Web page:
Biomass is a renewable carbon-based residue/waste that is mainly generated from agroforestry sectors. The high abundance of biomass feedstocks includes forestry residues and wood waste, agricultural residues, dedicated energy crops, and organic fractions of municipal solid wastes, which are mainly composed of polysaccharides (starch/cellulose and hemicellulose) and aromatic polymers (lignin) that create 35–65% of organic carbon. Thus, biomass feedstock has attracted great interest as an alternative to petroleum feedstock for sustainable and green product development.  Researchers and industrialists are highly focused on the R&D of biomass-derived nanomaterials, which aim to apply nanotechnology to the fields of materials and coatings; electronics; biomedicine; environment; energy; food science; etc. The superior characteristics of biomass-derived nanomaterials as synthetic nanomaterials include their mechanical strength with thermal stability; being light in weight; tunable optical transparency; electro-magnetic response; thermal conductivity; adsorption capacity; and tunable wettability. Most importantly, biomass-derived materials promise to have low toxicity, and to be biocompatible, sustainable, eco-friendly, greener, and a sophisticated application for human usage.  To date, there are several types of biomass-derived nanomaterials that were successfully established, which include zero-dimensional (quantum dots), one-dimensional (nanotubes), two-dimensional (nanofibers), and three-dimensional (nanocrystals) nanomaterials. Although biomass-derived nanomaterials meet the green line of sustainable concern, the top-down production and processing of nanomaterials from complex biomass, as well as the challenge of nanomaterial application, toxicity, and environmental risk, are the major concerns of manufacturers and consumers. Hence, the aim of this Special Issue, “Biomass-derived Nanomaterials: Sustainable Production and Application”, is to provide potential readers with an overview of recent challenges and developments in the fields of biomass-derived nanomaterials, such as carbon nanotubes, nanocrystalline cellulose, nanofiber cellulose, lignin nanoparticles, starch nanostructures, etc.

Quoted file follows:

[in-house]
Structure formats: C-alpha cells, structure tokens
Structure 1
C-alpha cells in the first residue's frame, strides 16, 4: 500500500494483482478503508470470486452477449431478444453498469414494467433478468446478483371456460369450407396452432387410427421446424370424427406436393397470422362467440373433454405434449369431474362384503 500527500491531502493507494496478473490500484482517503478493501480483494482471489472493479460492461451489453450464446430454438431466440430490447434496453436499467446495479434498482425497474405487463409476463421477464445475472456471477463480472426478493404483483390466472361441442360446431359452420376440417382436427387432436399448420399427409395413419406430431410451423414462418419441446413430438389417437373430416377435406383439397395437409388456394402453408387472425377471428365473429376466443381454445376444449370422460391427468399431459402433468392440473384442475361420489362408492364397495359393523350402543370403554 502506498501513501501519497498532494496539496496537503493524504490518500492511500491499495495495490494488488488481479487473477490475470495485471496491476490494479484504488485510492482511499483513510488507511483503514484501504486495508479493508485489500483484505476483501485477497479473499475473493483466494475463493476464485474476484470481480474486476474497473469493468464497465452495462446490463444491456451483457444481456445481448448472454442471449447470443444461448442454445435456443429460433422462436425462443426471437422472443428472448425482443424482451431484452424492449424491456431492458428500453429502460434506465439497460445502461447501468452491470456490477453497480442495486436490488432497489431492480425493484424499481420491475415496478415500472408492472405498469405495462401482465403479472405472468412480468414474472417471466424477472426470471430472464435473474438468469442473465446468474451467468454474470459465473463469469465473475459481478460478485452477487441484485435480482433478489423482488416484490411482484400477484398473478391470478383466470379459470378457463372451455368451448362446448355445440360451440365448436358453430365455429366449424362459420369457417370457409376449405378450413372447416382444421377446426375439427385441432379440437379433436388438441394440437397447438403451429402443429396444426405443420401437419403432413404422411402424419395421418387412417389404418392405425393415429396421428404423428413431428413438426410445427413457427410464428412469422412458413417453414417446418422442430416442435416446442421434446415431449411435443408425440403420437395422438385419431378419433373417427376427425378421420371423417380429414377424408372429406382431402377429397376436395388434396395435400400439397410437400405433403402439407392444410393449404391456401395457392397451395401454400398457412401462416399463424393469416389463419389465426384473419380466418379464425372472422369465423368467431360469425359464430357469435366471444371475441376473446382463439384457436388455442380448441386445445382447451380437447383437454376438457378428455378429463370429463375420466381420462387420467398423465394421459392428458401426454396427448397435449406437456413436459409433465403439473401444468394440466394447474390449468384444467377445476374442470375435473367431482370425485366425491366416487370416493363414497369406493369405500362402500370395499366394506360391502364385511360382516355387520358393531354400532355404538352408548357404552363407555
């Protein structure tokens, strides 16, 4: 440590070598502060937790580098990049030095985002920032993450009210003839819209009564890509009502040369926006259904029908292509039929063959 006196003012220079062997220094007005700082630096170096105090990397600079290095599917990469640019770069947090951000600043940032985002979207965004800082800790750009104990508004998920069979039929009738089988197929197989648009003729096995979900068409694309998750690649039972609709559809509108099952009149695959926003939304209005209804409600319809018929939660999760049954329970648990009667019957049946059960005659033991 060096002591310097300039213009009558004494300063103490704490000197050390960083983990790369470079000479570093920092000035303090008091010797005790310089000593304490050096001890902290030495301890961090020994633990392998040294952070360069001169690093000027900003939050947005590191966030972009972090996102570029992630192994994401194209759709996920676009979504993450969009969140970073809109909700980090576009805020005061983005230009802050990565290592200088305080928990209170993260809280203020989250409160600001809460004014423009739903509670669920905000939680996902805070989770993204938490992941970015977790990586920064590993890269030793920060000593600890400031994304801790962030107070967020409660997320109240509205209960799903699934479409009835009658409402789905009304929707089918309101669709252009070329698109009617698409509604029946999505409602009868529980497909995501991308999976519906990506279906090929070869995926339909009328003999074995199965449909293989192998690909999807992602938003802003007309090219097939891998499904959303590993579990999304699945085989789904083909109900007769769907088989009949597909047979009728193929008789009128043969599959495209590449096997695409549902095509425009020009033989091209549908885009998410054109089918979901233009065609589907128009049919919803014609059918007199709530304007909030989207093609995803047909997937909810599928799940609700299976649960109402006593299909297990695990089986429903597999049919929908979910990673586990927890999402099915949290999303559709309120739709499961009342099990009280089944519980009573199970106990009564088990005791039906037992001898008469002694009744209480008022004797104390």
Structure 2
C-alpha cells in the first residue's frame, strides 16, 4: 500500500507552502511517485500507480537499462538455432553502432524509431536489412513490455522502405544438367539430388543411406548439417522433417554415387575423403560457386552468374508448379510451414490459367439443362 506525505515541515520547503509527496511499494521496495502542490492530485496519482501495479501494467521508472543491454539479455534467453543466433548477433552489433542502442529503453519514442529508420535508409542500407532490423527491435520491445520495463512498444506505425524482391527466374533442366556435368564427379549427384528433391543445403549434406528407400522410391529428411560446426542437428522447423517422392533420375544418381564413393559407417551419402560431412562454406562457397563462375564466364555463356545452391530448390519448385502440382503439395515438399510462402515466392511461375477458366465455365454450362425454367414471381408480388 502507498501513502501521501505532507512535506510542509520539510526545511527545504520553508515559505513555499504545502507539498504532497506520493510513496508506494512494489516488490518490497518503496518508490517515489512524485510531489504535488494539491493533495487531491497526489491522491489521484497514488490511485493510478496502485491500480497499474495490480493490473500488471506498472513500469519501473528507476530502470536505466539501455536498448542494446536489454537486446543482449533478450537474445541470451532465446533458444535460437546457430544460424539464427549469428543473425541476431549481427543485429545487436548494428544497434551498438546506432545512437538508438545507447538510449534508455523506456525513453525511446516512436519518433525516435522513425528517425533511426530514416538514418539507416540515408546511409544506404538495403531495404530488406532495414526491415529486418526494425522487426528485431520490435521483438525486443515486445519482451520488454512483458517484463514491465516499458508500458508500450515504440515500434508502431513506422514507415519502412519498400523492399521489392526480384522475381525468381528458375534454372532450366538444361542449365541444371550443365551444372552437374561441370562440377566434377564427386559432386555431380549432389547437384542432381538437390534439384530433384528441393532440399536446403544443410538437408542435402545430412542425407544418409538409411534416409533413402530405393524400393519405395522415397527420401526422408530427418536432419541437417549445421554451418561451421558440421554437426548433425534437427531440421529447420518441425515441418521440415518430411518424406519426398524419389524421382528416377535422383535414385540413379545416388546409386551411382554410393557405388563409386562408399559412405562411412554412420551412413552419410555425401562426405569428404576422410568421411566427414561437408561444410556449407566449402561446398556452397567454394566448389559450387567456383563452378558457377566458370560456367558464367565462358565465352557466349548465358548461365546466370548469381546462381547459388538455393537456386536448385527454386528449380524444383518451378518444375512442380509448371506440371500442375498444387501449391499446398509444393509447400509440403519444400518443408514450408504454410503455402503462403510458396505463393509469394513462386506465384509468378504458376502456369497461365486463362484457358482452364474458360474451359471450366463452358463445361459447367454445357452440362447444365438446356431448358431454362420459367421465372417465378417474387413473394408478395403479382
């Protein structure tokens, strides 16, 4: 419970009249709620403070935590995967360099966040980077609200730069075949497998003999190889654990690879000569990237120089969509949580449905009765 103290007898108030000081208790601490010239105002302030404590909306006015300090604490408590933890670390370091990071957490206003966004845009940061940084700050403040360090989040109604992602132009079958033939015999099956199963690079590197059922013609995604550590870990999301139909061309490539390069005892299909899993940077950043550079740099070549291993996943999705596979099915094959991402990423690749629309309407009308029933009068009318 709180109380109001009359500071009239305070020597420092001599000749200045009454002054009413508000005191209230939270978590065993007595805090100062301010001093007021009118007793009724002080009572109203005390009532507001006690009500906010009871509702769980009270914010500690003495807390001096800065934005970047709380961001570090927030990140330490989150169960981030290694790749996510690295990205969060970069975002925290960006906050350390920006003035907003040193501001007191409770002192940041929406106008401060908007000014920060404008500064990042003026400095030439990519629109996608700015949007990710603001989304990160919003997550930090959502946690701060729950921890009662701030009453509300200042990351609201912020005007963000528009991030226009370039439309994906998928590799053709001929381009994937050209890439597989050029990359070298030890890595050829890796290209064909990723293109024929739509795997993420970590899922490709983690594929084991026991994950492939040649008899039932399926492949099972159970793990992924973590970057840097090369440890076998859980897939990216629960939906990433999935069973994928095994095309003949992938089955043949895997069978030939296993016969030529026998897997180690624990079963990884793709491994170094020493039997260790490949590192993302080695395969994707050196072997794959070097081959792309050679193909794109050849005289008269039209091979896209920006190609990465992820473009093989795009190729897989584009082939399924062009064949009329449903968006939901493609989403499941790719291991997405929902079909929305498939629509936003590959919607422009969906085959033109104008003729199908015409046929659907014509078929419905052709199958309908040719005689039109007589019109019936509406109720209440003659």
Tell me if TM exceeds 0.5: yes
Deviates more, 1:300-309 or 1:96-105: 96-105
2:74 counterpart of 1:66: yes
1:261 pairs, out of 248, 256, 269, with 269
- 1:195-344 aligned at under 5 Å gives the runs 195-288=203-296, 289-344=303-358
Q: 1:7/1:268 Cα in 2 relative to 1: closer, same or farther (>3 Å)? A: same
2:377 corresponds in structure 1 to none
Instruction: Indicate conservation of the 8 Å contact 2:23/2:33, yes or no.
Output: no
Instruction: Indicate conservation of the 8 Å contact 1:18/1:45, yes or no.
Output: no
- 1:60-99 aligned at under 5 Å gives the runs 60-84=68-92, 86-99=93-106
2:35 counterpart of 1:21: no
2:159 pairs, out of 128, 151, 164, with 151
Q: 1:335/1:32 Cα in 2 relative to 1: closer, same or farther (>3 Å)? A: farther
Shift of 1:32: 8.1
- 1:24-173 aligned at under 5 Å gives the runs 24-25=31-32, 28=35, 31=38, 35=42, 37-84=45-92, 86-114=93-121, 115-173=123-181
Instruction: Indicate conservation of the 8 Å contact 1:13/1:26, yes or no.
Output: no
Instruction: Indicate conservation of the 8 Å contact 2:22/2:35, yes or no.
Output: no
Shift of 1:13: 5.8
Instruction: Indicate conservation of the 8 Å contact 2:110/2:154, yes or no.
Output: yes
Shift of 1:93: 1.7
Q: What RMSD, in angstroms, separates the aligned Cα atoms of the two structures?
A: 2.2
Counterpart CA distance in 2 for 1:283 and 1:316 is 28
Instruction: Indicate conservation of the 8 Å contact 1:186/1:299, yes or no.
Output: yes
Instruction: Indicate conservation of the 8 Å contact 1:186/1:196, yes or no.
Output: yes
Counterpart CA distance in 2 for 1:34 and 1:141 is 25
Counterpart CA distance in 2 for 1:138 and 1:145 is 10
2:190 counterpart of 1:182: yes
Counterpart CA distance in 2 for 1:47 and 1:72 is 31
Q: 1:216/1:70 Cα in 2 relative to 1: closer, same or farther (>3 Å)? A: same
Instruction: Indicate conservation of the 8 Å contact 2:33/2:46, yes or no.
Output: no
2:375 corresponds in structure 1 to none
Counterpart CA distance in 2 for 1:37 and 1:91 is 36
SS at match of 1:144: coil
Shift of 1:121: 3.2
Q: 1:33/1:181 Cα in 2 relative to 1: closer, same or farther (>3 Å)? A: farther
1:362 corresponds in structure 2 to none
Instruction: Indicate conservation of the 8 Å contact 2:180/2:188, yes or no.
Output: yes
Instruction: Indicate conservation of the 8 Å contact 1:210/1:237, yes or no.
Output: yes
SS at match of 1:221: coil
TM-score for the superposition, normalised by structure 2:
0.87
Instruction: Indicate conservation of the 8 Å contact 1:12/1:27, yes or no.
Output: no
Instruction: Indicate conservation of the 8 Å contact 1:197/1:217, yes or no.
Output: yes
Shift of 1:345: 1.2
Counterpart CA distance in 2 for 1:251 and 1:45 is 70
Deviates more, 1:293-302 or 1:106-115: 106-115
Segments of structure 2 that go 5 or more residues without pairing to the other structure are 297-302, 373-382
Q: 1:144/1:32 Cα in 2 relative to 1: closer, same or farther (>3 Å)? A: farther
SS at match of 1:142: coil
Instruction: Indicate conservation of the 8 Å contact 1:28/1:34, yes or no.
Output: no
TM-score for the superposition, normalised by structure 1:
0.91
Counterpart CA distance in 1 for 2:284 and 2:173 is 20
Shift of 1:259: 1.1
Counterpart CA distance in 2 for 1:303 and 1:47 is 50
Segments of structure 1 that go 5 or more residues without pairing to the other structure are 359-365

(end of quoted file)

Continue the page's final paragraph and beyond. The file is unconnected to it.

Dr. Hwei Voon Lee